Belgium calls for 'European CIA' after Paris attacks

French president Francois Hollande (L) greets Belgium prime minister Charles Michel (R) as he arrives for the COP21 World Climate Change Conference in Le Bourget, north of Paris, on November 30, 2015 (AFP Photo/Guillaume Horcajuelo) (Pool/AFP/File)

Paris (AFP) - Belgium called for the creation of a European intelligence agency Monday to counter the threat of jihadist violence in the wake of the Paris attacks.

Prime Minister Charles Michel told French radio RTL that "we must quickly put in place a European intelligence agency, a European CIA" to collate information on suspected radicals and "unmask those with hostile intentions".

His call comes after the Paris attacks earlier this month -- carried out by an extremist cell partly operating out of Belgium -- exposed failings in information sharing between several European intelligence agencies.

Michel warned that one of the major problems facing security services was that information was being shared only between individual countries with no similar Europe-wide protocols.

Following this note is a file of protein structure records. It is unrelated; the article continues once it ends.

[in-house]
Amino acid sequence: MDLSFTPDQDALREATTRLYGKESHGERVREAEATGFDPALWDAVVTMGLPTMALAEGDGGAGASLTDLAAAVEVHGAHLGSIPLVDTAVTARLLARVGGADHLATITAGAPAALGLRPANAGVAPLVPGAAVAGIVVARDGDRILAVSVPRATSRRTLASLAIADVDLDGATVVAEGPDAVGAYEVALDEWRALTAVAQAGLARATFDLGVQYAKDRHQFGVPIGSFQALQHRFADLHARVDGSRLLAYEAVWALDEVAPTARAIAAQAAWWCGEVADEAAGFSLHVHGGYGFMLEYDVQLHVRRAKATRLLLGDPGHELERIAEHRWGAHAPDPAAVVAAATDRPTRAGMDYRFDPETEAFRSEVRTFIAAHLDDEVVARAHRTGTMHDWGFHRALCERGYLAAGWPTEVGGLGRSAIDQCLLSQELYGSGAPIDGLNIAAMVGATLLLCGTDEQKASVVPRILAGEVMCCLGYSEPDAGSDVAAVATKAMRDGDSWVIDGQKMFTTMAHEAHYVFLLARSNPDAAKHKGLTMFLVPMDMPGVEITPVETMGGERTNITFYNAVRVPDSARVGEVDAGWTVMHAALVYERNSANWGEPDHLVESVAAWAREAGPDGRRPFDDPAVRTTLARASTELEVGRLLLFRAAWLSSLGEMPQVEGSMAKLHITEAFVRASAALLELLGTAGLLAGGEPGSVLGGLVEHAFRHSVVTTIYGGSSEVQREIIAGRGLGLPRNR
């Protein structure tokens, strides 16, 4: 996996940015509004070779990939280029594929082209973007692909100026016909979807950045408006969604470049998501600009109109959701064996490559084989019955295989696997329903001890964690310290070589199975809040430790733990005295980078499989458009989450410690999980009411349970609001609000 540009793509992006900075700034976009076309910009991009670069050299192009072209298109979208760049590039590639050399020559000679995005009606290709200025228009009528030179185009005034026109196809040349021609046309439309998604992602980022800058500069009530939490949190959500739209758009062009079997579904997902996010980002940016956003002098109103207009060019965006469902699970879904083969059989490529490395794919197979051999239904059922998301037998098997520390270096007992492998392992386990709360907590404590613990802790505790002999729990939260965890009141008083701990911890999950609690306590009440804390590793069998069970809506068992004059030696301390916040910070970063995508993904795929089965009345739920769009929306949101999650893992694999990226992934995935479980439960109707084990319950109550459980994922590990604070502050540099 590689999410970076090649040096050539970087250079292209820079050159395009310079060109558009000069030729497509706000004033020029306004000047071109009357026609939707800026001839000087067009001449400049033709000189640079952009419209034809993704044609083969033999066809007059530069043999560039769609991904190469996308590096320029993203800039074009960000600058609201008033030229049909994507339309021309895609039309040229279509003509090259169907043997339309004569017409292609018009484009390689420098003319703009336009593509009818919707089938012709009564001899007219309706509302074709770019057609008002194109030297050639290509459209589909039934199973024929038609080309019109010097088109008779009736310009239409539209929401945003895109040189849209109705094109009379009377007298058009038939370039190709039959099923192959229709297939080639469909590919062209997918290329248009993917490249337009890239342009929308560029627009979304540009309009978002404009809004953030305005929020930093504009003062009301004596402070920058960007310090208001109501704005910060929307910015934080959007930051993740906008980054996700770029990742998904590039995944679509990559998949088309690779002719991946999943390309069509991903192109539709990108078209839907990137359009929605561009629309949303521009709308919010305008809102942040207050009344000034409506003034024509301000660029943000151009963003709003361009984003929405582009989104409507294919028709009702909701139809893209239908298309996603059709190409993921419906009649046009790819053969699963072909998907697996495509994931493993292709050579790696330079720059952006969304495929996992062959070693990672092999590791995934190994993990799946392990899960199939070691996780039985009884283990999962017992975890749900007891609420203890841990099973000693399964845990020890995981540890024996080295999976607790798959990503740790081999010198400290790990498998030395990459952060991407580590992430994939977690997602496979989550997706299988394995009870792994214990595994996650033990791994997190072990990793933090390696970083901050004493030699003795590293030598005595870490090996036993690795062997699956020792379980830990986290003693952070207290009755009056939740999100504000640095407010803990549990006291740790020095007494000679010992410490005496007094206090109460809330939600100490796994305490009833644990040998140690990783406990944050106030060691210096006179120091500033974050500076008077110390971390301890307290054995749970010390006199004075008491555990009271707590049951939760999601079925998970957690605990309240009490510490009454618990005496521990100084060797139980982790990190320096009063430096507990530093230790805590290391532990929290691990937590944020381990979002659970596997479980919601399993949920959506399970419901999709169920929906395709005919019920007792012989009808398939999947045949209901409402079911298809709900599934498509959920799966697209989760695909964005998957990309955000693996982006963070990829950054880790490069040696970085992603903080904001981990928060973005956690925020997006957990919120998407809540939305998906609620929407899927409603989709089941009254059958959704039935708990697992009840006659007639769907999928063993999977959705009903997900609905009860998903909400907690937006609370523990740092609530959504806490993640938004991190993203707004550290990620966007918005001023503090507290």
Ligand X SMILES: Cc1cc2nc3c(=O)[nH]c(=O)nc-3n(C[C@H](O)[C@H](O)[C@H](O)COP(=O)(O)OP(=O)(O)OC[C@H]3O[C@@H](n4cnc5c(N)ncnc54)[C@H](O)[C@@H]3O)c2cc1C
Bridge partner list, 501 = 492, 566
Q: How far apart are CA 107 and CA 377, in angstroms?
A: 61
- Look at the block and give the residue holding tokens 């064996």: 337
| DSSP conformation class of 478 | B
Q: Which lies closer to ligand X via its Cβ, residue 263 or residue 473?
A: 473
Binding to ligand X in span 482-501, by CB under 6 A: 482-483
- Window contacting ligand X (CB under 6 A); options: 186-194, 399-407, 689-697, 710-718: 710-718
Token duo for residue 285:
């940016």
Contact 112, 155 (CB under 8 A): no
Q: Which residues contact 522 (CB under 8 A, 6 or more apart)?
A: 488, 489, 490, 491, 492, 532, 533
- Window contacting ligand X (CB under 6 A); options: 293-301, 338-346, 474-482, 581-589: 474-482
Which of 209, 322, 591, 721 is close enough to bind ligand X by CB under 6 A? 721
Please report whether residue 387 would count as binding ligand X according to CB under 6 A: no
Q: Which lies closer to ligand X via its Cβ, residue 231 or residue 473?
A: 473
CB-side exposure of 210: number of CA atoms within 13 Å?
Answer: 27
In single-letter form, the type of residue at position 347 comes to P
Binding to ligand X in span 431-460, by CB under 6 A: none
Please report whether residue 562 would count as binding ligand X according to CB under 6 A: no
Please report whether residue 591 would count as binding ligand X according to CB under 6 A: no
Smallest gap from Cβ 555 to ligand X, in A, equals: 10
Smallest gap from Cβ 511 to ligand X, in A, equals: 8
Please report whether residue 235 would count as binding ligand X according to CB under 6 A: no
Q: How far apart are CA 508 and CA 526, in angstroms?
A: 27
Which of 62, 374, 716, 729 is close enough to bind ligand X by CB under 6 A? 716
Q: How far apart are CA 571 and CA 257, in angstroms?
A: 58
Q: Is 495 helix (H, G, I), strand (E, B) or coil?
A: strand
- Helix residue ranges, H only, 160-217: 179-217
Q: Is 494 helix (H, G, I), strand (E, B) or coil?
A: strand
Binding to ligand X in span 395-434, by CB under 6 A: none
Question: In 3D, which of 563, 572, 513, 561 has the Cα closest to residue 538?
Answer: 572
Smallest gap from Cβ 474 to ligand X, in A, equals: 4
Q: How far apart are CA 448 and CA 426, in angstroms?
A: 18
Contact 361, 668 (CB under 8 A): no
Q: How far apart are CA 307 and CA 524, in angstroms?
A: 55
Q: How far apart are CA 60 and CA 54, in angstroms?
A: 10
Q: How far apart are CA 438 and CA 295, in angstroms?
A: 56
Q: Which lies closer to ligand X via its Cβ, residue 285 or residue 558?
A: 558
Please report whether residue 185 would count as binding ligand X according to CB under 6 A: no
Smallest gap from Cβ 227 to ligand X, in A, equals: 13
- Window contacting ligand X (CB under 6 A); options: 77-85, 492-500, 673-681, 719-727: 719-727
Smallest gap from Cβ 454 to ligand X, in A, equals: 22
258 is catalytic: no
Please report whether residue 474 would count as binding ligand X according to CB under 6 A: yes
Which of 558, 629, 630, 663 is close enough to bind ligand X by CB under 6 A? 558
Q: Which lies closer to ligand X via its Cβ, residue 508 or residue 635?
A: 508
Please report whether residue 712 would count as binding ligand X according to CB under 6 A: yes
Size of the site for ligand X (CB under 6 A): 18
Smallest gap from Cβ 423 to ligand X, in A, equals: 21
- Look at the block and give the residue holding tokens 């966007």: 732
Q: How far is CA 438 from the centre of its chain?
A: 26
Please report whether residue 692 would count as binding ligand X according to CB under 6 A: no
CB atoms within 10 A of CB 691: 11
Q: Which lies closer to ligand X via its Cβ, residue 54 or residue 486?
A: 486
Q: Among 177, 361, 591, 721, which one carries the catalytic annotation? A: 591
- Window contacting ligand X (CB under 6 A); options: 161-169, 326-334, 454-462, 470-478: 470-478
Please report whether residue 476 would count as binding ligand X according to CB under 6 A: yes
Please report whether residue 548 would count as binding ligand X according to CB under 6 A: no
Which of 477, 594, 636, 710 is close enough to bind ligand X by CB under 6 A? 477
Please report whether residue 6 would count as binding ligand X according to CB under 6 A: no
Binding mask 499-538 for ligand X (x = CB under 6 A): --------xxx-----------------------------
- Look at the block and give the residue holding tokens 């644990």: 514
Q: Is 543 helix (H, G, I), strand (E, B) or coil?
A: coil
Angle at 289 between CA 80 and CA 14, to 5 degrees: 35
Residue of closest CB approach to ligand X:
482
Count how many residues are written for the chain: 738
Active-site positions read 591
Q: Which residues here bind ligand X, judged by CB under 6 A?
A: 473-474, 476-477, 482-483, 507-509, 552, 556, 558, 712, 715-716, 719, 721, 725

"If intelligence services were able to share information without fail there might never be another attack," he said, but no system had been put in place to regularise these exchanges.

On Friday, European Home Affairs commissioner Dimitris Avramopoulos also called for a pan-European spy agency, but Michel admitted they faced an uphill battle to have the idea accepted.

Despite the Paris attacks in which 130 people died, he said France's Interior Minister Bernard Cazeneuve was "very hesitant about the proposition".

Germany too has not hidden its scepticism about a European CIA.

"We shouldn't waste our energy on a European intelligence agency," German Interior Minister Thomas de Maiziere said on Friday, but instead "concentrate on improving the exchange of information through existing institutions."